Prisons have been the major focus of development of health promotion and smoking cessation within CJS in England and Wales. Following the transfer of commissioning responsibility for prisoner health to the National Health Service (NHS) in 1995, health-care provision, of which stop smoking services are a part, requires prisoners to have access to the same range and quality of health-care services as the public receives in the wider community . Opportunities and requirements for integrating approaches to health promotion in prisons were highlighted in 2002 in the strategy ‘Health Promoting Prisons’, which advocated for a whole prison approach. This was incorporated subsequently into the Prison Service Order 3200 (Health Promotion) in 2003, where smoking was identified as one of five areas for action [30, 31]. In this way the prison service in England and Wales aims to meet its duty of care for those it detains, which covers the promotion and provision of smoking cessation support, as well as protecting prisoners, staff and visitors from exposure to second-hand smoke. At the time of this project, stop smoking support delivered in prison settings was commissioned typically by agencies responsible for primary care, but might be delivered either through specialists going into prisons or through prison health-care staff trained and supported by community stop smoking services. These arrangements have shown some successes, with 4-week quit rates higher in prisons than for any other setting apart from military bases [55% (6577 quitters): 2010–11] . However, numbers are small relative to the throughput of prisoners (approximately 132 000 in 2010 with approximately 85 000 in prison at any one time ), and therefore there is considerable scope for improvement in reach.
Looking beyond prisons, a recent government policy, ‘Improving Health, Supporting Justice’ , advocates for greater integration to improve the health and wellbeing of all those in contact with CJS through, for example, the development of more effective pathways and improved signposting. The report identifies smoking as a risk behaviour worthy of attention. However, there are complex issues at play in each of the major settings, most notably the often conflicting priorities of punishment and the need to support reparation and rehabilitation . For example, prisons exist to punish criminals by separating them from society, correcting and in due course rehabilitating them into the community . In this environment, issues of health and wellbeing often have a lower priority [36-39]. Similarly, probation services focus on reducing re-offending, with mental health, substance misuse and employment taking greater prominence over smoking cessation. Thus, while the importance of tobacco control and smoking cessation may be recognized by CJS authorities, the level of service provision can vary considerably in the face of competing priorities and limited resources, and can be dependent upon the personality and commitment of individual managers and resource allocation. Arguably, however, quitting can provide many benefits in addition to improved health, such as improved self-worth, making positive steps towards improving quality of life and planning for the future .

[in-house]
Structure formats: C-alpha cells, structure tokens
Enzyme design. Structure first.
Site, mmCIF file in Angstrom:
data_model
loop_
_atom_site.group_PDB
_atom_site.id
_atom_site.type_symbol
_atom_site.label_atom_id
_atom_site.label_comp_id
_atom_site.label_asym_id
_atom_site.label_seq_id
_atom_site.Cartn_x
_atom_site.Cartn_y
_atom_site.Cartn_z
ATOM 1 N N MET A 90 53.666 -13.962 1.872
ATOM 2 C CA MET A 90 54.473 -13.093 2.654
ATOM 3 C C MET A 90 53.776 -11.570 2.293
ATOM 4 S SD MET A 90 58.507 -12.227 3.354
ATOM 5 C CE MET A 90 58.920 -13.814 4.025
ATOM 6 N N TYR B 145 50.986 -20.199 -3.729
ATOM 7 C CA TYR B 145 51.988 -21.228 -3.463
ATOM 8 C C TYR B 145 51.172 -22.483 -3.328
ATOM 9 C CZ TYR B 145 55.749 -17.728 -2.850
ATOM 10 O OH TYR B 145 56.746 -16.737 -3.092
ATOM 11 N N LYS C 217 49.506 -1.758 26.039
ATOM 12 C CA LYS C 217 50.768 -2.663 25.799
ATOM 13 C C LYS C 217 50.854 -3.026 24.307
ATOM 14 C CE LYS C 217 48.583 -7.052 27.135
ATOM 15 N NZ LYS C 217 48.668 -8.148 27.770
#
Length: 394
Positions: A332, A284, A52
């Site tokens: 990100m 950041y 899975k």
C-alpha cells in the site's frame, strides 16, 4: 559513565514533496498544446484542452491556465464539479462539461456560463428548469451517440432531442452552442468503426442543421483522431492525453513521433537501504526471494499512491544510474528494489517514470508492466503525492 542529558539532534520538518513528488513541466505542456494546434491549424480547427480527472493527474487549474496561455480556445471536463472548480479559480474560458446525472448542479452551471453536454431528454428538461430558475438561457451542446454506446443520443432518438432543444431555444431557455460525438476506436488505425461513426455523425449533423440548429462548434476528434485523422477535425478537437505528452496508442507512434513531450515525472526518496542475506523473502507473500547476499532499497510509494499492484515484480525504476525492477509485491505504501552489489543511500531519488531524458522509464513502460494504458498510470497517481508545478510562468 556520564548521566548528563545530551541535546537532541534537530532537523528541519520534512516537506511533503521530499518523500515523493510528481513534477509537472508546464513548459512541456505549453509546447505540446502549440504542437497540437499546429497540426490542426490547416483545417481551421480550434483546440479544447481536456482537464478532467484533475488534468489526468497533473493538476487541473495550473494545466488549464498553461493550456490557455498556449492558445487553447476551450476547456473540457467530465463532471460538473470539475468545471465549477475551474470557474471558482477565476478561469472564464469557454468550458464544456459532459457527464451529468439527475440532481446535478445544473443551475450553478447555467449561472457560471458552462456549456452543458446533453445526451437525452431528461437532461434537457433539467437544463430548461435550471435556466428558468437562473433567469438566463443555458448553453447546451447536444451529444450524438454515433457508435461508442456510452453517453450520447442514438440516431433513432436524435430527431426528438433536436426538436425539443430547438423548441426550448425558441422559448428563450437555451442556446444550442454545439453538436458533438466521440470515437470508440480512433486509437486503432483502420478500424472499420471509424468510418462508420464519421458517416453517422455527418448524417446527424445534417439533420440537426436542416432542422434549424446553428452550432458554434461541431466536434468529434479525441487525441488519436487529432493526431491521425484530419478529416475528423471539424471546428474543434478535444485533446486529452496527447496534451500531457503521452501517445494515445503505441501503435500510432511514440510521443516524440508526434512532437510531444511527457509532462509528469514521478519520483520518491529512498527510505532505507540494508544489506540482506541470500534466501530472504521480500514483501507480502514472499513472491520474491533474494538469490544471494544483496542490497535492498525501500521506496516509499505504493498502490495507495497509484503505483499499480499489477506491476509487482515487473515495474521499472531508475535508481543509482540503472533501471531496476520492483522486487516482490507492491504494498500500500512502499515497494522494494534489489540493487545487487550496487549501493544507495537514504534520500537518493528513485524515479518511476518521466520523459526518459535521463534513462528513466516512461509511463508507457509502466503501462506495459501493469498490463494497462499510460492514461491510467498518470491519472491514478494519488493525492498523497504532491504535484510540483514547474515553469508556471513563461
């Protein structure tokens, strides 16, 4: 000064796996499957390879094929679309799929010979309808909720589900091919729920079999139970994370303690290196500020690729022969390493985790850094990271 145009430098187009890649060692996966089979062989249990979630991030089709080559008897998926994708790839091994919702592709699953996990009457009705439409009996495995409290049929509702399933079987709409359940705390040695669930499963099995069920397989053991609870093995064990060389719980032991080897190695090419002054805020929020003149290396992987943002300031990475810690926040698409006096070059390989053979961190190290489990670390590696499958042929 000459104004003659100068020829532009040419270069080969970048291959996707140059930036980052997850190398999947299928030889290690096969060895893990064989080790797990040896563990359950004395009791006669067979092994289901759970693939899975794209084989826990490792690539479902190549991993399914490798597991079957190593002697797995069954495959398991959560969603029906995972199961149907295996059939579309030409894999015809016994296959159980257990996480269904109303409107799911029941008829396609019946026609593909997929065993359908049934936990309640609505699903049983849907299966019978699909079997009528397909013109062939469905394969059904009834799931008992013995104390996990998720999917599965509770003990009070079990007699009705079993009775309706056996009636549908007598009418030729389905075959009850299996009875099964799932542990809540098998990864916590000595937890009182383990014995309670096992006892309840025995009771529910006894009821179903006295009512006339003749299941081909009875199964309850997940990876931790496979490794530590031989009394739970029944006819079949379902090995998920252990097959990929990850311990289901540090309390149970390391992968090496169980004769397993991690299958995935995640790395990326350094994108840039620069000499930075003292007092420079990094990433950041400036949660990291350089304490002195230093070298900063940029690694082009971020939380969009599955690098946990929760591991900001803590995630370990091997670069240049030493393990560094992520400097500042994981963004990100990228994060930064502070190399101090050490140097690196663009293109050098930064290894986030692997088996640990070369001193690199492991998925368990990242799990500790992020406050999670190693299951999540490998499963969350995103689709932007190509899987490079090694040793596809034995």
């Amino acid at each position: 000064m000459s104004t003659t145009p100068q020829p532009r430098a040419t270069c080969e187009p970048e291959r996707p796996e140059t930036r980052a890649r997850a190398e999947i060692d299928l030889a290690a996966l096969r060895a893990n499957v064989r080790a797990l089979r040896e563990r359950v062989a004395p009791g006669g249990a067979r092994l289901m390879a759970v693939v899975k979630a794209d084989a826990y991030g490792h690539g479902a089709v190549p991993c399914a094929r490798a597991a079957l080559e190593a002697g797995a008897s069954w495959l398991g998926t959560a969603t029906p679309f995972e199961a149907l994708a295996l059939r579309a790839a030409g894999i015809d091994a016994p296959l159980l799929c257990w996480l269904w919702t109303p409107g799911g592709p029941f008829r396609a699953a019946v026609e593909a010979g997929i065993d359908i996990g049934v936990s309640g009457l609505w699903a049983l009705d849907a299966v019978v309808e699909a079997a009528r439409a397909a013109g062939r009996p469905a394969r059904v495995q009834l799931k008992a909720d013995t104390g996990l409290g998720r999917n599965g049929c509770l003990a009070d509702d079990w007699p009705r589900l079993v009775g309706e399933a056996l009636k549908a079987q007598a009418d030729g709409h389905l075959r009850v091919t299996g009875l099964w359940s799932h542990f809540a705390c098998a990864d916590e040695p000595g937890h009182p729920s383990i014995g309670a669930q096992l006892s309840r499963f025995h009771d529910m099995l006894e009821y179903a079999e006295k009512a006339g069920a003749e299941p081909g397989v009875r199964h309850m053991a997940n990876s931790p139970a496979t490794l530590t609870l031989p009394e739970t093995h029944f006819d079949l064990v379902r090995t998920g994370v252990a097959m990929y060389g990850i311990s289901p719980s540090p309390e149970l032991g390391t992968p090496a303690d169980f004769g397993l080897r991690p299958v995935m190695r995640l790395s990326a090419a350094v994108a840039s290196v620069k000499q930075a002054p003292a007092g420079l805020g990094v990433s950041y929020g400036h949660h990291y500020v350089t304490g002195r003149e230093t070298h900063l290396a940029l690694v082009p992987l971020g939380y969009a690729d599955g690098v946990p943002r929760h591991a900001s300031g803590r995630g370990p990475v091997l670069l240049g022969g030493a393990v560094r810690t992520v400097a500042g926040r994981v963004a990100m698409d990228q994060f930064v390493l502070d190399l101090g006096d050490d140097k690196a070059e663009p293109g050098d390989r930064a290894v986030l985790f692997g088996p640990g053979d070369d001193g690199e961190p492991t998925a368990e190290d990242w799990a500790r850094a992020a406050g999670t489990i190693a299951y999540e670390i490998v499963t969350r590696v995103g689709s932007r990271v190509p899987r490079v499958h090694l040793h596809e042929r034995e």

Tobacco control coordinator posts have, until recently, been in place in most English regions, involving a variety of local services. However, a coordinator role offers a new and innovative approach to providing stop smoking support in an integrated way across CJS. Literature is sparse on the role and its value; studies are reported in other health settings such as long-term care for the elderly , school health  and mental health care , but despite promising outcomes, supporting evidence on impact and effectiveness is limited [40, 41]. This project adapted best practice guidance for effective community engagement , which aims to promote health improvement in the NHS and other sectors using area-based partnership and coordination activities. The approach adopted a model of practical, experiential learning and knowledge transfer within the intervention settings.